Why Embracing 'Deep Work Time' Is the Responsible Thing to Do

Being overly responsive to the daily grind, however, can stifle creativity

Every time I walk into an expansive lobby, corridor or random nook of a hotel, I have a thought: I bet it would be fun to sit here and think about diapers.

Follow me:

It used to be, as advertising creatives, we had extensive timelines to do some deep thinking (about diapers mostly, being that Huggies/Kimberly-Clark was a key client of mine for a number of years). My partner and I would take this time to wander the city of Chicago, find a random nook, and ideate. Sometimes, I'd go off by myself, too. It was an experience that was very fulfilling, very meditative—so long as I didn't get too distracted by ornate cubism, strange sconces or patterned rugs.

Having read the book Deep Work by Cal Newport during my last vacation (yes, the irony is very clear to me), some new thoughts have crystallized:

Creative thinkers need Deep Work time more than ever.

Creative thinkers have less Deep Work time than ever.

Our workdays have evolved to the point where we're busy answering queries or requests from everywhere except the depths of our strange, weird, awesome minds. This hinders our ability to tackle the business problems we are paid to solve. At day's end, we're exhausted—with little to ultimately show for it.

We are compromising, frankly, our overall reason for existing. And we do it every single day. It feels like this is a phenomenon we all recognize, but can't quite resolve.

No-meeting Fridays. Hybrid office/non-office appearances. Not checking email/Teams/Slack for a specific duration. These are all, perhaps, useful paths forward.

For me, Deep Work time is born from pure necessity. That is, two small children and their associated distractions dictate that time for me. Specifically, I'm allowed that time in the early morning, and it's glorious. It can be late at night too, but that's not so glorious. And it's never a perfect system. This new way of finding time to actually think while still balancing work and life is a constant struggle for me. As I'm sure it is for most.

I'm becoming increasingly worried that for creative people everywhere, we are spreading ourselves both too thin and too shallow. We're victims of our own responsibility. Because the more emails, Slacks, Teams chats and bump-ins you respond to, the more Deep Work time you wind up missing out on.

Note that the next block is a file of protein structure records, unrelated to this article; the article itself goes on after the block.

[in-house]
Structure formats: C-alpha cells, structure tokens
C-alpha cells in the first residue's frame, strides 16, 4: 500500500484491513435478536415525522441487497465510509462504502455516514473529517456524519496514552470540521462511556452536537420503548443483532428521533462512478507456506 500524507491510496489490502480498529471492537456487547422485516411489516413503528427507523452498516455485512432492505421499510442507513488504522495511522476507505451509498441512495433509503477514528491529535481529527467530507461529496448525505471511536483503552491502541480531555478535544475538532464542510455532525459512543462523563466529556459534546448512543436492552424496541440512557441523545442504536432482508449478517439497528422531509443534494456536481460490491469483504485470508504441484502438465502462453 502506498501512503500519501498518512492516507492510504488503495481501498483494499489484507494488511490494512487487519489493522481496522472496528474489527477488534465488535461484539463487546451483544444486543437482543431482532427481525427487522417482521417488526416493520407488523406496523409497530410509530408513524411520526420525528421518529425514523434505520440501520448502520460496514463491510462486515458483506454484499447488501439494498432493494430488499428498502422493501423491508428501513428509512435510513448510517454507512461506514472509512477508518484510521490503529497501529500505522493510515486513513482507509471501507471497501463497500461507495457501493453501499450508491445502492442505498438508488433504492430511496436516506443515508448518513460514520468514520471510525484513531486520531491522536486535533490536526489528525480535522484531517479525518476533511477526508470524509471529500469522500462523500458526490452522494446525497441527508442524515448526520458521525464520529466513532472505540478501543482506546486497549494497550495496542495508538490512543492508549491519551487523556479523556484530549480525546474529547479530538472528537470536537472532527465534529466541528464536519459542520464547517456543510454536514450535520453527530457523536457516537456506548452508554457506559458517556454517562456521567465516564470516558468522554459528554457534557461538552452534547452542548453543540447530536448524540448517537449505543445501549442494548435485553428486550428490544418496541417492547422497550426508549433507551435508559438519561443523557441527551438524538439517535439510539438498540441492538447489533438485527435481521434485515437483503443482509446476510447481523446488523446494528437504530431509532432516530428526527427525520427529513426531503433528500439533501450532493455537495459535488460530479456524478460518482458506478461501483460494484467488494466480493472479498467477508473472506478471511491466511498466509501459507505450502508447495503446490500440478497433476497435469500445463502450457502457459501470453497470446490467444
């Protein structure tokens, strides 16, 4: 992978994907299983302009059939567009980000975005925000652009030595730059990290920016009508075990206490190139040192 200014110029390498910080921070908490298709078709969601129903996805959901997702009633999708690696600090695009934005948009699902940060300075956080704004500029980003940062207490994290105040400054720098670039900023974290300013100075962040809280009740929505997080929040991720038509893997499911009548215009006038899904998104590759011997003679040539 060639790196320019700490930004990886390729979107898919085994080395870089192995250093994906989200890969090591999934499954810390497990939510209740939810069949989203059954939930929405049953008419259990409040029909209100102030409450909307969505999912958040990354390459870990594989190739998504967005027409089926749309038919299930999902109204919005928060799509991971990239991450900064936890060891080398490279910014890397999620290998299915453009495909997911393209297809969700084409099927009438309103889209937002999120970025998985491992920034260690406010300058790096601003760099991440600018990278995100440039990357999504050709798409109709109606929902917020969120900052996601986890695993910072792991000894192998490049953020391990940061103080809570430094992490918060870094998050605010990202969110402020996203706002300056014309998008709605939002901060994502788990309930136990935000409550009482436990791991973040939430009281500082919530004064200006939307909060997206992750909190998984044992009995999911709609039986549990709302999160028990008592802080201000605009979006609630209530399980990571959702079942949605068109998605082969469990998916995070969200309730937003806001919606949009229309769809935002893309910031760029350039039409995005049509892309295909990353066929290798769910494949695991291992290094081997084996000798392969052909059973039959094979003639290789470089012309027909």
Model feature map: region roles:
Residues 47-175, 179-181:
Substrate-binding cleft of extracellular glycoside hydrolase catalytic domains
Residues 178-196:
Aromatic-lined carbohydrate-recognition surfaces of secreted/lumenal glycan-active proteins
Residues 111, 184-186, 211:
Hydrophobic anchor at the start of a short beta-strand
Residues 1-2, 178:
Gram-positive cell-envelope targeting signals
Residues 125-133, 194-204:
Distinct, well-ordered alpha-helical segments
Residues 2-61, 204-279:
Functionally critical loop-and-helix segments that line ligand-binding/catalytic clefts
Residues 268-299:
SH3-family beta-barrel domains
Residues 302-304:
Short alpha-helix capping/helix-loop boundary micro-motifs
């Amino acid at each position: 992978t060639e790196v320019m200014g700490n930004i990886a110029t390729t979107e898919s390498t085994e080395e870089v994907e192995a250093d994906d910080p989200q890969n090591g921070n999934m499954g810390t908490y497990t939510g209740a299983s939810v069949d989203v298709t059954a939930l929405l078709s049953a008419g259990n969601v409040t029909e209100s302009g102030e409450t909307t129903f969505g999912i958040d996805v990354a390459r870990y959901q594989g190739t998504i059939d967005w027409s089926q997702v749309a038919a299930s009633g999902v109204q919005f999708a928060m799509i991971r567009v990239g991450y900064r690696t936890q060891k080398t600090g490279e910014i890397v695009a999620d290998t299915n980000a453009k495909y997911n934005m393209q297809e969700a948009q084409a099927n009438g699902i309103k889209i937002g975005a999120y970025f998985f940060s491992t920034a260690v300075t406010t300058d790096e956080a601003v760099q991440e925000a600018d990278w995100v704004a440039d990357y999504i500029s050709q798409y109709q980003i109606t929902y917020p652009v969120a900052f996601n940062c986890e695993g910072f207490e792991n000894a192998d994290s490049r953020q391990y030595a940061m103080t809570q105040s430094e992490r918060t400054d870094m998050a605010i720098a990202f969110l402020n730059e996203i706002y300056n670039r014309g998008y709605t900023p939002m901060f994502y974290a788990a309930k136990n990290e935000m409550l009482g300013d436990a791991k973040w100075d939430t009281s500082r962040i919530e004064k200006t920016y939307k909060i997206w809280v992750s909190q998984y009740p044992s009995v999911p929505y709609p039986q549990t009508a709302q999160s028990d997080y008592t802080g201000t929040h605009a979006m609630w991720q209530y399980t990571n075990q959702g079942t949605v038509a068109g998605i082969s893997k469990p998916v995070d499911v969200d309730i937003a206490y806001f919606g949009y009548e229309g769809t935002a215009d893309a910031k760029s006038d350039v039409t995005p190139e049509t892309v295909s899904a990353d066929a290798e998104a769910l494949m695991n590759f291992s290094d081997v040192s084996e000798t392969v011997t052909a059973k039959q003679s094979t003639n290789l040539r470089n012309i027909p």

Is it just me? I don't think so. At least judging from what I've heard from trusted mentors and friends.

To wit, here's some unsolicited advice for younger creative types out there: If you're not careful, your sense of responsibility could get you in big trouble.

Here's what I mean:

Creative professionals need to learn, or relearn, the difference between being responsible and being responsive.

Because being responsive winds up meaning you're being irresponsible to the work you're creating.

A conversation with my friend Isaac Pagan, ECD at Ogilvy Chicago, brought this point to light.

The majority of what he sees from his people is this: deferring during the day to do the real, deep work after hours.

It's not healthy. And it's a collective issue that needs to be addressed.

So what do we do? Become less responsive, not less responsible. Carve out real time to dedicate to creative thinking—by ourselves or with a partner.

The emails and messages will stack up. But you can pick and choose when to answer them. If it's a true emergency that requires immediate action, believe me, you will be contacted. I once had a producer call me 49 times while I was driving to a client presentation, and she kept calling until I finally answered.

I remember those days back in Chicago—and better parts of weeks, even—where I roamed those random hotel hallways, randomly mulling diaper ideas. And I can recall but a single time I was called back to the office (via text) for an emergency meeting.

Nobody asked, "Where the hell were you?"

I don't think anyone even knew or cared I was out of the office.

But these days, when I'm in the office, and I walk three blocks to get a sandwich, then come back and choke it down at my desk while replying to Teams messages ... even that feels like pushing it.

Ironically, the best way I could figure out to finish this piece was by arriving early to pick my son up from school, park, put my phone under my seat and out of reach, and write in my driver's seat for 35 minutes. I'll probably start editing this later while I lay next to him as he drifts off to sleep for the night.

I've gotten my lunch-eating time down to four minutes when I'm working from home, and that is not good.

In summary:

Be less responsive. So, you can be more responsible to the work you're ultimately responsible for.

Go read the Deep Work book for a much more insightful and in-depth analysis of this phenomenon.

And for the best test of your Deep Work progress, do this: Look at the body of creative work you've made in the last year. How robust is it? What are you proud of? What could be better?

And the next time you're interrupted by a message on Teams, think about what you could do if you had more time to really, truly think.

As a matter of fact, maybe don't even open Teams.

God, do I hate Teams.

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Andrew Gall
Andrew Gall is group creative director at Copacino Fujikado.

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